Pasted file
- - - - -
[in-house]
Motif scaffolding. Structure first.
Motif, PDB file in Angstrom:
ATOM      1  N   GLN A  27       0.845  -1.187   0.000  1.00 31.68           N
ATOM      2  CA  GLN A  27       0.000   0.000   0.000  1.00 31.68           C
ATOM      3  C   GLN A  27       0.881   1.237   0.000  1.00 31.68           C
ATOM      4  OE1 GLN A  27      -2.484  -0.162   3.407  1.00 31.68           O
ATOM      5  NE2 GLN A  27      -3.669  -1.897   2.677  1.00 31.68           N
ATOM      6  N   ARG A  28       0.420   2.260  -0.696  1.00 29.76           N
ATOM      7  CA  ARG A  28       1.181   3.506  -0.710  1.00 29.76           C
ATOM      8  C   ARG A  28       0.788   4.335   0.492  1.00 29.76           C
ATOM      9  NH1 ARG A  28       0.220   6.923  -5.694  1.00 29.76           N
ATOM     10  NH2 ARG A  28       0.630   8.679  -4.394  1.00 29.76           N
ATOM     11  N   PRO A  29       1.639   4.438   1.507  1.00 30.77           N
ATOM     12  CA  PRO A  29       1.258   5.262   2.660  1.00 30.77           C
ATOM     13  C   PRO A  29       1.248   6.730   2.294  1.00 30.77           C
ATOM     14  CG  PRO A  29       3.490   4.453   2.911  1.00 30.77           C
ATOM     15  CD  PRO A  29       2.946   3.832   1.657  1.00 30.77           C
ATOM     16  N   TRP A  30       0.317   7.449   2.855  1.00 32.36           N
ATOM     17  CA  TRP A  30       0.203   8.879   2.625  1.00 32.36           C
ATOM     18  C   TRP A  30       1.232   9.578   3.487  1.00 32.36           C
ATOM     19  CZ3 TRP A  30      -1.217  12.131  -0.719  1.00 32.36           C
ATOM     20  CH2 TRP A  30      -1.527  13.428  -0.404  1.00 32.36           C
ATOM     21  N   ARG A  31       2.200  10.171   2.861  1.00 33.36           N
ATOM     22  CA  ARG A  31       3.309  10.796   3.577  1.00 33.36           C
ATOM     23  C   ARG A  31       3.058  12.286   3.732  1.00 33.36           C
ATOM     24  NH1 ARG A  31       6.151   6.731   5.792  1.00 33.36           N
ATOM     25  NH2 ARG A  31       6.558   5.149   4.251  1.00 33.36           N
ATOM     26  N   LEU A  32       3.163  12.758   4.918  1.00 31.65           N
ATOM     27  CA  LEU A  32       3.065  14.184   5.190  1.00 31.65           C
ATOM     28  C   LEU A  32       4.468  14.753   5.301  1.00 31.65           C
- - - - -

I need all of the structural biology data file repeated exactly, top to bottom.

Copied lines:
[in-house]
Motif scaffolding. Structure first.
Motif, PDB file in Angstrom:
ATOM      1  N   GLN A  27       0.845  -1.187   0.000  1.00 31.68           N
ATOM      2  CA  GLN A  27       0.000   0.000   0.000  1.00 31.68           C
ATOM      3  C   GLN A  27       0.881   1.237   0.000  1.00 31.68           C
ATOM      4  OE1 GLN A  27      -2.484  -0.162   3.407  1.00 31.68           O
ATOM      5  NE2 GLN A  27      -3.669  -1.897   2.677  1.00 31.68           N
ATOM      6  N   ARG A  28       0.420   2.260  -0.696  1.00 29.76           N
ATOM      7  CA  ARG A  28       1.181   3.506  -0.710  1.00 29.76           C
ATOM      8  C   ARG A  28       0.788   4.335   0.492  1.00 29.76           C
ATOM      9  NH1 ARG A  28       0.220   6.923  -5.694  1.00 29.76           N
ATOM     10  NH2 ARG A  28       0.630   8.679  -4.394  1.00 29.76           N
ATOM     11  N   PRO A  29       1.639   4.438   1.507  1.00 30.77           N
ATOM     12  CA  PRO A  29       1.258   5.262   2.660  1.00 30.77           C
ATOM     13  C   PRO A  29       1.248   6.730   2.294  1.00 30.77           C
ATOM     14  CG  PRO A  29       3.490   4.453   2.911  1.00 30.77           C
ATOM     15  CD  PRO A  29       2.946   3.832   1.657  1.00 30.77           C
ATOM     16  N   TRP A  30       0.317   7.449   2.855  1.00 32.36           N
ATOM     17  CA  TRP A  30       0.203   8.879   2.625  1.00 32.36           C
ATOM     18  C   TRP A  30       1.232   9.578   3.487  1.00 32.36           C
ATOM     19  CZ3 TRP A  30      -1.217  12.131  -0.719  1.00 32.36           C
ATOM     20  CH2 TRP A  30      -1.527  13.428  -0.404  1.00 32.36           C
ATOM     21  N   ARG A  31       2.200  10.171   2.861  1.00 33.36           N
ATOM     22  CA  ARG A  31       3.309  10.796   3.577  1.00 33.36           C
ATOM     23  C   ARG A  31       3.058  12.286   3.732  1.00 33.36           C
ATOM     24  NH1 ARG A  31       6.151   6.731   5.792  1.00 33.36           N
ATOM     25  NH2 ARG A  31       6.558   5.149   4.251  1.00 33.36           N
ATOM     26  N   LEU A  32       3.163  12.758   4.918  1.00 31.65           N
ATOM     27  CA  LEU A  32       3.065  14.184   5.190  1.00 31.65           C
ATOM     28  C   LEU A  32       4.468  14.753   5.301  1.00 31.65           C